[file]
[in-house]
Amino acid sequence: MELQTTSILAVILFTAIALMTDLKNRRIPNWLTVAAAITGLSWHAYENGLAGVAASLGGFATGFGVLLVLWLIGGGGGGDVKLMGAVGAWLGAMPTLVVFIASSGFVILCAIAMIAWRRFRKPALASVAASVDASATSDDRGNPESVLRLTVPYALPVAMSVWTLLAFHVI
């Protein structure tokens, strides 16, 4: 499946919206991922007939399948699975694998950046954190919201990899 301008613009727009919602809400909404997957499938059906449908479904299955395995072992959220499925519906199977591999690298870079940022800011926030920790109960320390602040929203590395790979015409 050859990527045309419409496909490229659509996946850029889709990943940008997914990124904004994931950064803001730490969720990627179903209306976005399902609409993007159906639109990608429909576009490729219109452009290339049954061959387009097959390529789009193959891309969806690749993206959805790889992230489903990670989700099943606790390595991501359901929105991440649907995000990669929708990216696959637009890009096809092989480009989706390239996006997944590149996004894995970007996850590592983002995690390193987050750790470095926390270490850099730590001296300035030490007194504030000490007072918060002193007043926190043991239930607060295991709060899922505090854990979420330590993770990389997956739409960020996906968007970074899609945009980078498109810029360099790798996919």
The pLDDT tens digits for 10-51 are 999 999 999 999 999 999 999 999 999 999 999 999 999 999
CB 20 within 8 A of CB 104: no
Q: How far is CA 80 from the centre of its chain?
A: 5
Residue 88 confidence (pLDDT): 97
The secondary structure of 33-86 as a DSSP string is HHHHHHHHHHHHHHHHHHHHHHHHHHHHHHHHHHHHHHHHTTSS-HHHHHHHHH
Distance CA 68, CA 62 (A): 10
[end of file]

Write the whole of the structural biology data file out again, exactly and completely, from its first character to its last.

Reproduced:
[in-house]
Amino acid sequence: MELQTTSILAVILFTAIALMTDLKNRRIPNWLTVAAAITGLSWHAYENGLAGVAASLGGFATGFGVLLVLWLIGGGGGGDVKLMGAVGAWLGAMPTLVVFIASSGFVILCAIAMIAWRRFRKPALASVAASVDASATSDDRGNPESVLRLTVPYALPVAMSVWTLLAFHVI
């Protein structure tokens, strides 16, 4: 499946919206991922007939399948699975694998950046954190919201990899 301008613009727009919602809400909404997957499938059906449908479904299955395995072992959220499925519906199977591999690298870079940022800011926030920790109960320390602040929203590395790979015409 050859990527045309419409496909490229659509996946850029889709990943940008997914990124904004994931950064803001730490969720990627179903209306976005399902609409993007159906639109990608429909576009490729219109452009290339049954061959387009097959390529789009193959891309969806690749993206959805790889992230489903990670989700099943606790390595991501359901929105991440649907995000990669929708990216696959637009890009096809092989480009989706390239996006997944590149996004894995970007996850590592983002995690390193987050750790470095926390270490850099730590001296300035030490007194504030000490007072918060002193007043926190043991239930607060295991709060899922505090854990979420330590993770990389997956739409960020996906968007970074899609945009980078498109810029360099790798996919």
The pLDDT tens digits for 10-51 are 999 999 999 999 999 999 999 999 999 999 999 999 999 999
CB 20 within 8 A of CB 104: no
Q: How far is CA 80 from the centre of its chain?
A: 5
Residue 88 confidence (pLDDT): 97
The secondary structure of 33-86 as a DSSP string is HHHHHHHHHHHHHHHHHHHHHHHHHHHHHHHHHHHHHHHHTTSS-HHHHHHHHH
Distance CA 68, CA 62 (A): 10